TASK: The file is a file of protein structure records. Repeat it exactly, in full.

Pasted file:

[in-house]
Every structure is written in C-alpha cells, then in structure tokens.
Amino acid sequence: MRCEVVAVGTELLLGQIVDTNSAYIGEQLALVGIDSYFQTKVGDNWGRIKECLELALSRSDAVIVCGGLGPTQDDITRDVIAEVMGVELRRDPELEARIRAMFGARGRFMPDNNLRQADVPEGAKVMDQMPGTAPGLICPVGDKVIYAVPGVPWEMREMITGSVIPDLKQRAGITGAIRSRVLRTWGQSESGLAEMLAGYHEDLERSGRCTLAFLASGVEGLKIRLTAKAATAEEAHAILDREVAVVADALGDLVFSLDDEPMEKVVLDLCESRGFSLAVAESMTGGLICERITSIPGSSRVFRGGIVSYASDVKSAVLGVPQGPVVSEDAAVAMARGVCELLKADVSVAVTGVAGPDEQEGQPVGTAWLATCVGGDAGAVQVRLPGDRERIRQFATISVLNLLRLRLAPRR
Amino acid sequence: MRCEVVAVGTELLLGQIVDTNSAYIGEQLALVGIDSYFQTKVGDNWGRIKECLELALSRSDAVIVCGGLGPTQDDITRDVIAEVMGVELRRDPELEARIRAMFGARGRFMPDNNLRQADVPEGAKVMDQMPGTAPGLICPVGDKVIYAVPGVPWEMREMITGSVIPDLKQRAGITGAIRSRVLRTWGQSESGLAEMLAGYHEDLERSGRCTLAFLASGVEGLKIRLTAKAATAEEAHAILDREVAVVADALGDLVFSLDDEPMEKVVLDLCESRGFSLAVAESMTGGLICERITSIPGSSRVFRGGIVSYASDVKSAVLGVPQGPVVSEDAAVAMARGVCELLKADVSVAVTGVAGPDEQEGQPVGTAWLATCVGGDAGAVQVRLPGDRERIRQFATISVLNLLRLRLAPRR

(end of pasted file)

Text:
[in-house]
Every structure is written in C-alpha cells, then in structure tokens.
Amino acid sequence: MRCEVVAVGTELLLGQIVDTNSAYIGEQLALVGIDSYFQTKVGDNWGRIKECLELALSRSDAVIVCGGLGPTQDDITRDVIAEVMGVELRRDPELEARIRAMFGARGRFMPDNNLRQADVPEGAKVMDQMPGTAPGLICPVGDKVIYAVPGVPWEMREMITGSVIPDLKQRAGITGAIRSRVLRTWGQSESGLAEMLAGYHEDLERSGRCTLAFLASGVEGLKIRLTAKAATAEEAHAILDREVAVVADALGDLVFSLDDEPMEKVVLDLCESRGFSLAVAESMTGGLICERITSIPGSSRVFRGGIVSYASDVKSAVLGVPQGPVVSEDAAVAMARGVCELLKADVSVAVTGVAGPDEQEGQPVGTAWLATCVGGDAGAVQVRLPGDRERIRQFATISVLNLLRLRLAPRR
Amino acid sequence: MRCEVVAVGTELLLGQIVDTNSAYIGEQLALVGIDSYFQTKVGDNWGRIKECLELALSRSDAVIVCGGLGPTQDDITRDVIAEVMGVELRRDPELEARIRAMFGARGRFMPDNNLRQADVPEGAKVMDQMPGTAPGLICPVGDKVIYAVPGVPWEMREMITGSVIPDLKQRAGITGAIRSRVLRTWGQSESGLAEMLAGYHEDLERSGRCTLAFLASGVEGLKIRLTAKAATAEEAHAILDREVAVVADALGDLVFSLDDEPMEKVVLDLCESRGFSLAVAESMTGGLICERITSIPGSSRVFRGGIVSYASDVKSAVLGVPQGPVVSEDAAVAMARGVCELLKADVSVAVTGVAGPDEQEGQPVGTAWLATCVGGDAGAVQVRLPGDRERIRQFATISVLNLLRLRLAPRR